Detailed in the last part on Tuesday, there were offered a couple of examples of Millar’s run on the aggressive and controversial Authority title for Wildstorm (an imprint of DC, a subsidiary of Warner Bros). At this stage, with Millar’s Authority pouring in money from buoyant sales DC balked at the destruction of cities and high death tolls in the aftermath of 9/11. With ferocious fan interest and critical acclaim Millar’s Authority suffered an unexpected at the height of its popularity, internal editorialism. DC misjudged the mood of America. While there was shock and anger from the events in New York, networked globally, the general American was facing new realities that European, Asian, African and Middle Eastern nations had long been aware of – that their borders were no longer safe. The war machine beginning to roll into slow motion under the Bush administration, looking for targets belayed a more mature attitude in readerships in the US. A renewed awareness of their vulnerability to powers greater (or more insidious) than their own. A culture of wry and interested fatalism and assured realism was born in the wreckage of 9/11 among certain sections of American society – particularly in the more informed and connected East and West coast and in comic readership. Embryonic at the time – it is now perhaps more visible in the lack of interest in Marvel’s attempts at introducing a new Golden Age of Heroes. Finally, that period in comic books has passed and Millar represented it far better than most with his aggressive, edgy and deliberately sardonic style. DC didn’t agree and Millar began to bite at the chains that bound him, eventually swapping, following some well paid projects for Marvel, to the New York entertainment giant in 2001 to create the Ultimate Universe.

The Ultimate line was an imprint of Marvel comics introducing the Marvel Universe if it was formed today. What was created was a much more hardbitten and edgy number of heroes engaged in political, military, social and personal strife – though the imprint of Stan Lee’s original concepts of character fuelled titles was perhaps put at the bottom of the list of priorities – this was more a love letter to the movie industry and may well have instigated the wholesale redevelopment of major Marvel characters; Thor, Iron Man, Captain America and the Avengers to the big screen.

To begin it was Marvel’s most commercially successful title; the X-Men that was renovated to Ultimate status. The characters now more belligerent, obstinate and teenage than Lee’s incarnations, Millar imbued them with the all-knowing arrogance of teenage Mutants. A total reboot, X-Men was the first title to begin to represent its predecessor as the title inevitably followed the numerous characters plot to the most obvious conclusion; a coherent team of mutants trying to battle the world. While recreating many of the scenarios and plots from the original series; Weapon X, the Nuclear Plant detonation from Issue 1; Millar struggled (perhaps unsurprisingly) to supersede the mainstream series, most likely because it had been the home of some of the foremost artists and writers of the previous quarter century and Marvel’s most innovative title. It was fun though, bitter and harsh at times but with a self conscious teenage cool and a moral ambiguity in the leaderships of both the X-team and the Brotherhood of Mutants (sensibly without the somewhat detrimental ‘Evil’ in the title). The title proved popular and Millar moved to expand the Universe with his incarnation of the less developed Avengers. This was to be his best move.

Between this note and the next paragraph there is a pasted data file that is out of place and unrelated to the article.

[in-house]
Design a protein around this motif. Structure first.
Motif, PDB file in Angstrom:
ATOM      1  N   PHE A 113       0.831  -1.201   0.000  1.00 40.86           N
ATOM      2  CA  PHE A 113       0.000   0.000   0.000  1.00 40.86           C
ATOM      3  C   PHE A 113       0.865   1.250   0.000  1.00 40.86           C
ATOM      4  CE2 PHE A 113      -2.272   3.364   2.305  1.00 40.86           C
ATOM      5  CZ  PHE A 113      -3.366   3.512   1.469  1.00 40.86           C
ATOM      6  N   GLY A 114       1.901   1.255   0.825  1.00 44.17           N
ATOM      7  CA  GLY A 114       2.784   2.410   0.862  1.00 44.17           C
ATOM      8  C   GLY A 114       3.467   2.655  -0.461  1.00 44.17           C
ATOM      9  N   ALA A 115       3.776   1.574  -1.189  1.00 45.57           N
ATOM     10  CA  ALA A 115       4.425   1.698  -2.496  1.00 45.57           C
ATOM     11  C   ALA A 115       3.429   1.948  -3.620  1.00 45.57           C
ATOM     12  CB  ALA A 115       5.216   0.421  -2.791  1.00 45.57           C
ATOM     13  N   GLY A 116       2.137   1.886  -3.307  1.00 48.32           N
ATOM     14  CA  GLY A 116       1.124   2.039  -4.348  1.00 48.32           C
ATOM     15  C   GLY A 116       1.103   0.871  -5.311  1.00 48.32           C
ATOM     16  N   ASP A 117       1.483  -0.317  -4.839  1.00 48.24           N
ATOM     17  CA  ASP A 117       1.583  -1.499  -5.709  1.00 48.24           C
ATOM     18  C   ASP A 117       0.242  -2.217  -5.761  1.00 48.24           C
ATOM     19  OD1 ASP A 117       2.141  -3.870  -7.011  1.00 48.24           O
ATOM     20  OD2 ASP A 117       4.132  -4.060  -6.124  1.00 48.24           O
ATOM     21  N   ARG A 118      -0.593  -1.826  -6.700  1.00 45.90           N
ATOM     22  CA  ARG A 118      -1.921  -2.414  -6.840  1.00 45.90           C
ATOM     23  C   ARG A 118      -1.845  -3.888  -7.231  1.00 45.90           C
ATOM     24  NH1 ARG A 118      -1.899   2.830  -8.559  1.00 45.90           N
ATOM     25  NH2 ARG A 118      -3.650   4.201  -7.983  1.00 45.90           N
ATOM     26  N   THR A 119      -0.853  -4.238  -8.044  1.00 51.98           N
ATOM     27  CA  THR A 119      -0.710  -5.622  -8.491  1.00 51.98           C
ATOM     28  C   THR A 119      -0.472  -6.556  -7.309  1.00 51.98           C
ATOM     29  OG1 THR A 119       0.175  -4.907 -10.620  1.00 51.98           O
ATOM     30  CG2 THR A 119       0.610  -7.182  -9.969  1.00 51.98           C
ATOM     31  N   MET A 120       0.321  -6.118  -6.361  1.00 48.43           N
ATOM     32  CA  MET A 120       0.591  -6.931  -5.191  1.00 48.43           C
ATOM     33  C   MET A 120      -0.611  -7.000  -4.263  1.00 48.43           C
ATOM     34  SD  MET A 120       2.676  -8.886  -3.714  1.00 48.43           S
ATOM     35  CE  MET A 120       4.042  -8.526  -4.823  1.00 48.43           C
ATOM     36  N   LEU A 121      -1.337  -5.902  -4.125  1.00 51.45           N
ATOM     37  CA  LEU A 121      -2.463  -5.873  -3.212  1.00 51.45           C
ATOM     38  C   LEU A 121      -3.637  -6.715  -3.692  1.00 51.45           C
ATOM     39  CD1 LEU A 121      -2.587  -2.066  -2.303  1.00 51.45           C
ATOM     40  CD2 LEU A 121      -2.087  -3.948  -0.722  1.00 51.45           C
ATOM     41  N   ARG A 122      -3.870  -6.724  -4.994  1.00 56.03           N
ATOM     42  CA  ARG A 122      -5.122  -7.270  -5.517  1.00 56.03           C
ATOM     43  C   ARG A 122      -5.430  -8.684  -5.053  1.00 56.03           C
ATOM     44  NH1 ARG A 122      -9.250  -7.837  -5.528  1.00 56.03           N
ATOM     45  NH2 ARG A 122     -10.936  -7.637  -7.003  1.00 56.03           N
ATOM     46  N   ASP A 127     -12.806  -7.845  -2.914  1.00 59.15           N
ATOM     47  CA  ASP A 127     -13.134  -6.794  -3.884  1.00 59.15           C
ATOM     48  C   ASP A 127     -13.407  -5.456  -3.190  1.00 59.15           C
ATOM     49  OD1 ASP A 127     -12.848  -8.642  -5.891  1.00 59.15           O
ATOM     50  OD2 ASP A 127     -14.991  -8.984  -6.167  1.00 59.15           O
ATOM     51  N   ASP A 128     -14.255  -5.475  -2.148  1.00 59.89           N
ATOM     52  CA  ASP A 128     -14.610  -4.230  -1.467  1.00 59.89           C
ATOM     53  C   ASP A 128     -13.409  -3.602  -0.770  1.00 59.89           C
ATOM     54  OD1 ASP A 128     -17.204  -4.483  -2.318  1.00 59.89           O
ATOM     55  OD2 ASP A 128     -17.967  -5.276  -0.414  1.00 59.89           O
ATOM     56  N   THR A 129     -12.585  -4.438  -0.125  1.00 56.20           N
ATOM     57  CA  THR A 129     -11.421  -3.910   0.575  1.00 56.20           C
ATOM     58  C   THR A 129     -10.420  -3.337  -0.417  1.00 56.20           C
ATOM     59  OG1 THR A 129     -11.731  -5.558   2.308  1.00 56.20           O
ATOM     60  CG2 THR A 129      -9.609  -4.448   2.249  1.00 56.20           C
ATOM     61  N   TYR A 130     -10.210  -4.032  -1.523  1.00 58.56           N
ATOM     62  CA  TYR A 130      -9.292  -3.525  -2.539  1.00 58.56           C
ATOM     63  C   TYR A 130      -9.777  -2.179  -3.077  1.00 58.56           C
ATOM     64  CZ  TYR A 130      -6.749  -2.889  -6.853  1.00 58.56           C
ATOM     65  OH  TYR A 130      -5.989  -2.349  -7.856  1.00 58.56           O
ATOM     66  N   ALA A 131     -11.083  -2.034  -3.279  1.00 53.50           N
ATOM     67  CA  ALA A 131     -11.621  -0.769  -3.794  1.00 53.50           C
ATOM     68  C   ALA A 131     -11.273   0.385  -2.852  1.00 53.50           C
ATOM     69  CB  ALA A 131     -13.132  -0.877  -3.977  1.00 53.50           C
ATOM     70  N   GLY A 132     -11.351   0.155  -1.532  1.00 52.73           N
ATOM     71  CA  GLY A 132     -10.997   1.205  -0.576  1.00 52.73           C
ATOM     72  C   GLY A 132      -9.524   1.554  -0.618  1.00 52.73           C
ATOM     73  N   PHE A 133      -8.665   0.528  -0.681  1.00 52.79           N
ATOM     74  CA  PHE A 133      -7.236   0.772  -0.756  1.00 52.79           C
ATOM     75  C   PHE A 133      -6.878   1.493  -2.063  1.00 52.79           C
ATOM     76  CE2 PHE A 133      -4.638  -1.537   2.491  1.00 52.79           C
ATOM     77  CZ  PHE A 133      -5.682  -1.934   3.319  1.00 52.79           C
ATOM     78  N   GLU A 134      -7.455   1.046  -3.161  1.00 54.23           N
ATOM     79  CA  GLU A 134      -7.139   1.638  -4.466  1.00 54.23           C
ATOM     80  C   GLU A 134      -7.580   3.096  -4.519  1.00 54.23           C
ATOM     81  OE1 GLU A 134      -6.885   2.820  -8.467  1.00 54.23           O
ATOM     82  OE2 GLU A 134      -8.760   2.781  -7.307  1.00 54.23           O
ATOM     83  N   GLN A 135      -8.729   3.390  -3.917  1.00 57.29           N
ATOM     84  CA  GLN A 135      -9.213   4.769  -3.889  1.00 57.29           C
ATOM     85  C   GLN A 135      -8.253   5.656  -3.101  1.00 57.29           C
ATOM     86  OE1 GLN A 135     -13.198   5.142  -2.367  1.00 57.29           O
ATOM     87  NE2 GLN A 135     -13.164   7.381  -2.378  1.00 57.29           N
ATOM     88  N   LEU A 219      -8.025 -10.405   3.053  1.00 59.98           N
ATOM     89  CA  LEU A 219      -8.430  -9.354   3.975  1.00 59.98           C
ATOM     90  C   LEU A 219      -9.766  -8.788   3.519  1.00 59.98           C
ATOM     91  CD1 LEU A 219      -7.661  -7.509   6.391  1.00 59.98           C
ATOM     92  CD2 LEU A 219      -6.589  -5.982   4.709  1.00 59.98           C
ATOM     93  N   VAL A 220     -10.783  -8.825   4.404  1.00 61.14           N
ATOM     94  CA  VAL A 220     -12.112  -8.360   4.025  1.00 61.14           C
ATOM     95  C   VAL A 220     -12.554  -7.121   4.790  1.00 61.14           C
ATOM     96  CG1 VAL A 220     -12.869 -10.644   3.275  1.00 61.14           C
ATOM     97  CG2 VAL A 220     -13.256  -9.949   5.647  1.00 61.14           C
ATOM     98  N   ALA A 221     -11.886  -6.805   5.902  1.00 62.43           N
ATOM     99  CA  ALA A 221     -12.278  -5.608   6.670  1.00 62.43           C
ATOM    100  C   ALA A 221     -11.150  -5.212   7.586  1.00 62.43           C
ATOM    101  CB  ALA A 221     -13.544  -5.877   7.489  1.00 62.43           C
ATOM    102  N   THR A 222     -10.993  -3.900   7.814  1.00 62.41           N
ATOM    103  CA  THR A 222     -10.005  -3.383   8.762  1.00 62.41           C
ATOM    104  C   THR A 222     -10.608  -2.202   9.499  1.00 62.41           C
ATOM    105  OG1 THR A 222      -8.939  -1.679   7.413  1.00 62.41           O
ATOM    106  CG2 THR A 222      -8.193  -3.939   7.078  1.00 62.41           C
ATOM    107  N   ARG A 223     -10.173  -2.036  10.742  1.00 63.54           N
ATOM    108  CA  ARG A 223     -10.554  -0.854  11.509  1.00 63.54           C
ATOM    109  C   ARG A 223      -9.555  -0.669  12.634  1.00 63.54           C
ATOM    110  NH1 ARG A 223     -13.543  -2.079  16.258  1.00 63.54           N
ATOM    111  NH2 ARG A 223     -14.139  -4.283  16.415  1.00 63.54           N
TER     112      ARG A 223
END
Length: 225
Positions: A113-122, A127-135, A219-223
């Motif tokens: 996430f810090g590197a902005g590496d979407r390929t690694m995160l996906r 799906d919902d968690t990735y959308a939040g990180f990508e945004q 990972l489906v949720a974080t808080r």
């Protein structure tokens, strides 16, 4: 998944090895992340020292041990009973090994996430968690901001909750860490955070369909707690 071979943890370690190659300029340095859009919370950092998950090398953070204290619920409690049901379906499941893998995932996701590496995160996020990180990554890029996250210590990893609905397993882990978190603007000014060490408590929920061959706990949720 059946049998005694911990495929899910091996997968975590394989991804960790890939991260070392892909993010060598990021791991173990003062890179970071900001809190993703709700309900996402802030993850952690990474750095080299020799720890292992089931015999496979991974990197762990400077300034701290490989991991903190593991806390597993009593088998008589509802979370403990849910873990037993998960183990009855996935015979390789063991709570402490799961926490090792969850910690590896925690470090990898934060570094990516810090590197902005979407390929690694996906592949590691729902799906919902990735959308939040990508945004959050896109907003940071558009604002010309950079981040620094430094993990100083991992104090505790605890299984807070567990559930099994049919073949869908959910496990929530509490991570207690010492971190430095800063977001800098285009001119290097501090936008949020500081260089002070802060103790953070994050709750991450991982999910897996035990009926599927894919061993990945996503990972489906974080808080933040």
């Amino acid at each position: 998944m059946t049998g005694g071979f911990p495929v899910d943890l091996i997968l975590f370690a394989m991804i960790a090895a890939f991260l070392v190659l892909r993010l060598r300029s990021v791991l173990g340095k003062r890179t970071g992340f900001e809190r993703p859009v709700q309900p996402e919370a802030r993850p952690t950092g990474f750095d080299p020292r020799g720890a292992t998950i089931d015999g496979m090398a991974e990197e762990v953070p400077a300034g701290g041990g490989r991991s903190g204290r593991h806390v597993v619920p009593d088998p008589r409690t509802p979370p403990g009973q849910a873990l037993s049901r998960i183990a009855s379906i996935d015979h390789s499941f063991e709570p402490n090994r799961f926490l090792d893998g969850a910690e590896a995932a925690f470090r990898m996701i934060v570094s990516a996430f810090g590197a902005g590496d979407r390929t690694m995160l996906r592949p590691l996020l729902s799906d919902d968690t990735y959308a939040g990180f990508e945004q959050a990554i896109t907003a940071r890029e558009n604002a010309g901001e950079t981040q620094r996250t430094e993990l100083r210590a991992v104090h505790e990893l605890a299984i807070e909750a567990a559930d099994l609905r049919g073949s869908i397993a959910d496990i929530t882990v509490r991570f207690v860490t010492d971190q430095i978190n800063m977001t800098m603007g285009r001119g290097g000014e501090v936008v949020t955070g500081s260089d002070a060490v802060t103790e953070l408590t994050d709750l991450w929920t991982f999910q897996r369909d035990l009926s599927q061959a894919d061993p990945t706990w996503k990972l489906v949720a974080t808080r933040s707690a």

While all this was taking place; an independent book written by Millar and drawn by J.G. Jones was in preparation. Wanted was released in 2003-2004 and tore a hole a mile wide across conservative comics, kicking them and DC firmly into touch. The lack of belief DC had shown in its readership was proven by the success of this book; featuring a world only populated by Villains – the heroes wiped out some years previously. Opening with bisexual orgies, graphic assassinations and cheating girlfriends the protagonist secretly hates; the patented anger brewed up with the previous years of censorship came spewing out. Featuring characters like Shit-head (formed from the fecal matter of the most evil people in the history of man), Mr Rictus (a skull faced sadist) and Fuckwit (a superhero clone with Downs Syndrome), the protagonist Wesley Gibson electrocutes and rapes celebrities, kills hundreds while ingratiating himself with the Fraternity of Super-villains. It went astronomical, a readership hungry for a challenge snapping it off the shelves as quickly as possible. The intention of Millar was to create a wry and morally and ethically void space in which to populate his darkest writing to date. Ferocious, unforgiving and incredibly unapologetic Millar is every parent’s worst nightmare and every kid’s dream writer. Any book that ends with a full page spread with the central character’s top half leaning in aggressively and shouting ‘This is me fucking you in the ass!’ is to be reckoned with.

James McAvoy as Wesley Gibson in the much-toned-down movie version of Wanted (2008)